The evidence shows that our preference for free trade is not in conflict with our desire for environmental quality. On the contrary, income derived from free trade is a prerequisite for most types of environmental gain.
Does Free Trade Promote an Environmental "Race to the Bottom?"
It’s often asserted by trade critics that multi-national corporations, if unrestrained by government oversight, will shop around for countries with lax environmental regulations. This will exert a downward pressure on pollution control efforts, fostering an environmental "race to the bottom."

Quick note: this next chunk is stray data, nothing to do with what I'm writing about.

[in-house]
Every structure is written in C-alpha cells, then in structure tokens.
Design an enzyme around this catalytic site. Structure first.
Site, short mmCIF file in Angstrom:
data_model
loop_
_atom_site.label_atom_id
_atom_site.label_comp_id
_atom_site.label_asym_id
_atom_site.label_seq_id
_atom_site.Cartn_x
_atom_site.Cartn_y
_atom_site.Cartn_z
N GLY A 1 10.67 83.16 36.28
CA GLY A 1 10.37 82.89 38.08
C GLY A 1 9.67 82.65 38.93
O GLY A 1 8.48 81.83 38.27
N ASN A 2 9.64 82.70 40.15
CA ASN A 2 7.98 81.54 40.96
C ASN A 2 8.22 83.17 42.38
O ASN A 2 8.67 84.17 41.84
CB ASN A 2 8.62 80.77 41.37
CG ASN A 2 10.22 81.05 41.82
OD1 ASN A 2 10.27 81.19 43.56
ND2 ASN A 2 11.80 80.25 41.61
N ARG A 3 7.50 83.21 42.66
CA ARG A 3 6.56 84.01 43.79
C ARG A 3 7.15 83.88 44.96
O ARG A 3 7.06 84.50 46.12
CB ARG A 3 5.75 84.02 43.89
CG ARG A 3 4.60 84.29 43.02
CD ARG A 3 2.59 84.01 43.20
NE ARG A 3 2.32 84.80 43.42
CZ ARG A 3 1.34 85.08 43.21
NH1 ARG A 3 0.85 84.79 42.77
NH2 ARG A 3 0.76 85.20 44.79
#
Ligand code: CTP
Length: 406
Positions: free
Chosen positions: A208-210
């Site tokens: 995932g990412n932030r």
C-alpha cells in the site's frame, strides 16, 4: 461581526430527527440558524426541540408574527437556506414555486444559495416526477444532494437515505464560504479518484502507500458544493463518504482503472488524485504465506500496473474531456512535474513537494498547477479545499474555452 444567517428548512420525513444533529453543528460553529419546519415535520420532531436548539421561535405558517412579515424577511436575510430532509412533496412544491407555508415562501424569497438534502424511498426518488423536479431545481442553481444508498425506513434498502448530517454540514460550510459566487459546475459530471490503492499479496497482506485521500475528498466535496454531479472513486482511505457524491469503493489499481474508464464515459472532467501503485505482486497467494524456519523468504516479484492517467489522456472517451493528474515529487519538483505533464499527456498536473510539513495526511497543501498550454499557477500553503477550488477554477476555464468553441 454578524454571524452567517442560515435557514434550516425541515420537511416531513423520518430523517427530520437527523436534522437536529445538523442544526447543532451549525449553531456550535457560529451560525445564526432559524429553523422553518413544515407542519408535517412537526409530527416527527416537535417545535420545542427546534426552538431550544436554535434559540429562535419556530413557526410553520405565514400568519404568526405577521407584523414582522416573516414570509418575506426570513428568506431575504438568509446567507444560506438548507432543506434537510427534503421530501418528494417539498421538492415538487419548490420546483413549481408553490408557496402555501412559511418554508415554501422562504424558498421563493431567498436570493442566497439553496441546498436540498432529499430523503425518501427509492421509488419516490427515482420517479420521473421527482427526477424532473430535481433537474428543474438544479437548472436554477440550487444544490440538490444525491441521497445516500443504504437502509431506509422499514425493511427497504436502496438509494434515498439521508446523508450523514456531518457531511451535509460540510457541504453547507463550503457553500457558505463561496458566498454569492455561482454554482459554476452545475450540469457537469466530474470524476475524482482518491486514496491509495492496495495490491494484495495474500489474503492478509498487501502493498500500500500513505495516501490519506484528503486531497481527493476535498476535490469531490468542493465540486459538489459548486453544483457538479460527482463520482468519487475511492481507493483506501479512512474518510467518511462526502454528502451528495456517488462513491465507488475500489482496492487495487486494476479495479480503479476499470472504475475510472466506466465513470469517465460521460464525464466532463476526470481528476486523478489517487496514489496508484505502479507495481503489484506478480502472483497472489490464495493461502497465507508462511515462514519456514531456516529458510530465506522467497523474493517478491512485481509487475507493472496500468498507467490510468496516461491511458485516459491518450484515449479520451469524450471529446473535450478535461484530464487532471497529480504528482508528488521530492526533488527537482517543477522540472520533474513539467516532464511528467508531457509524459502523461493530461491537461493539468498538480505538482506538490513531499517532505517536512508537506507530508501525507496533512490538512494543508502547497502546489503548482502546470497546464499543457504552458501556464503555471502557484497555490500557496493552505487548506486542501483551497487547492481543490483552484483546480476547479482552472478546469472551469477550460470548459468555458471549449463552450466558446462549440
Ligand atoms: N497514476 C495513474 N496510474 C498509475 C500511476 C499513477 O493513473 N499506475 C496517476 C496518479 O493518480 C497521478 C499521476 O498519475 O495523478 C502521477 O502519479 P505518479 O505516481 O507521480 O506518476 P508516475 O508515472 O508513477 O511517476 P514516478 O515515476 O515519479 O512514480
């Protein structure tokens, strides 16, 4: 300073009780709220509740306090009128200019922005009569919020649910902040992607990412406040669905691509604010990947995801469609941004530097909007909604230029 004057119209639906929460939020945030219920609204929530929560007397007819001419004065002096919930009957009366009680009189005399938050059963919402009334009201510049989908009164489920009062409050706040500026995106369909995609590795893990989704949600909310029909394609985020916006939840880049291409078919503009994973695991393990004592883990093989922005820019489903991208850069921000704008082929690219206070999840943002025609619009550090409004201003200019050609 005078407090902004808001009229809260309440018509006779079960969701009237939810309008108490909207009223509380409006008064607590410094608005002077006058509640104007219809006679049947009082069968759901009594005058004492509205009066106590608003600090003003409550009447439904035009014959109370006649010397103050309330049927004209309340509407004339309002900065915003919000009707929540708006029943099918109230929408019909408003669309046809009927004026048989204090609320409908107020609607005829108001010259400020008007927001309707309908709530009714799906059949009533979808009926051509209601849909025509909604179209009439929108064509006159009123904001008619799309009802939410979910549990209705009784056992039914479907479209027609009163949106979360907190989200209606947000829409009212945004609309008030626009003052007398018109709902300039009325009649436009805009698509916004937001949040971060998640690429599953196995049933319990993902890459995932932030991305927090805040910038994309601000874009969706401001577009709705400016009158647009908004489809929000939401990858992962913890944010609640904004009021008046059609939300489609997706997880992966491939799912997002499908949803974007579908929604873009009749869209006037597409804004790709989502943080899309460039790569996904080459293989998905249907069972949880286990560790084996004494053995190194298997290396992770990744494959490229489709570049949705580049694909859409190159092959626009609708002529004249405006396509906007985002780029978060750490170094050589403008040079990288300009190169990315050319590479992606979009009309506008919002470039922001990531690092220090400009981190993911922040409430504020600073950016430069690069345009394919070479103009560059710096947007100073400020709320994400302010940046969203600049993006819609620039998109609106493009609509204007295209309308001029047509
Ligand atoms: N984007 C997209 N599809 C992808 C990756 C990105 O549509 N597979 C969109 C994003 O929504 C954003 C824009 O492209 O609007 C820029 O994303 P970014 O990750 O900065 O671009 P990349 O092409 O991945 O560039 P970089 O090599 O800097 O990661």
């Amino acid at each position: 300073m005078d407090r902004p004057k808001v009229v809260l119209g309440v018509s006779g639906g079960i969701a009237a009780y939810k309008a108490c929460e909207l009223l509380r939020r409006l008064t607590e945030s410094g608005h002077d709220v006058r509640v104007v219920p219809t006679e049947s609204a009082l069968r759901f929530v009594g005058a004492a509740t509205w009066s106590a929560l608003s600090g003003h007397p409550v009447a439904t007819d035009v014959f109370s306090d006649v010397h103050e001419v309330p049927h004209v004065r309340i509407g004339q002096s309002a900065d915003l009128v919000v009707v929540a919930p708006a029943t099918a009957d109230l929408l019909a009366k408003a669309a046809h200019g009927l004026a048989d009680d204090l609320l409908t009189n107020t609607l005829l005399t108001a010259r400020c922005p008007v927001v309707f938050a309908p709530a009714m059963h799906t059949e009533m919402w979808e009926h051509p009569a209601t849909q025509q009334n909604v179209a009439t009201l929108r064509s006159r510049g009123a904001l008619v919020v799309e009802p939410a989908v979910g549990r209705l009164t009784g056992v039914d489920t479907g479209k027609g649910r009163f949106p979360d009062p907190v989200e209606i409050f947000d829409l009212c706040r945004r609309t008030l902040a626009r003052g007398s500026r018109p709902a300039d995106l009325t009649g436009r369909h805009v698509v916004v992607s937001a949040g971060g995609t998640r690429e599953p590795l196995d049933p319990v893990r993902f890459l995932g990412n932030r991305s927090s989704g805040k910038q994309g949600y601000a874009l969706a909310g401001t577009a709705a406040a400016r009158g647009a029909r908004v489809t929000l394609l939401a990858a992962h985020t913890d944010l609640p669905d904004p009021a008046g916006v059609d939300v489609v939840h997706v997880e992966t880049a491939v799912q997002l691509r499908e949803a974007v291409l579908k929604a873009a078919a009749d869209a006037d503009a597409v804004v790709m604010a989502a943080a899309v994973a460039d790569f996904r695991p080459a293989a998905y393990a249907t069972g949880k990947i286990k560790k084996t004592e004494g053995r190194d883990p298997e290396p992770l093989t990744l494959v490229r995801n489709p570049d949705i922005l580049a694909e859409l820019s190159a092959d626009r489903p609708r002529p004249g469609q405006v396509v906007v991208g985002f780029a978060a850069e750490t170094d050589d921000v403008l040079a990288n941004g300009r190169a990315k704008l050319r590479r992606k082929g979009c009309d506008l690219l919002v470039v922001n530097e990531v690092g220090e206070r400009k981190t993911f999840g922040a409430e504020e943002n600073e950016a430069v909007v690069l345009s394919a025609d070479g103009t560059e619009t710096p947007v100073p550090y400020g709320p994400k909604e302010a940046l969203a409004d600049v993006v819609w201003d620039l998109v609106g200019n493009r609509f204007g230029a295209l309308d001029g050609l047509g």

There is little evidence to support this hypothesis. Studies have show that such issues as access to markets and labor costs are far more important to companies looking to locate new facilities. When those new facilities are built, there are many reasons why managers tend to maintain high environmental standards, even when not required to do so. As a study by Daniel Esty and Bradford Gentry ("Foreign Investment, Globalization, and the Environment," 1997) concluded: "First, many companies find that the efficiency of having a single set of management practices, pollution control technologies, and training programs geared to a common set of standards outweigh any cost advantage that might be obtained by scaling back on environmental investments at overseas facilities. Second, multinational enterprises often operate on a large scale, and recognize that their visibility makes them especially attractive targets for local enforcement officials . . . . Third, the prospect of liability for failing to meet standards often motivates better environmental performance. . . . "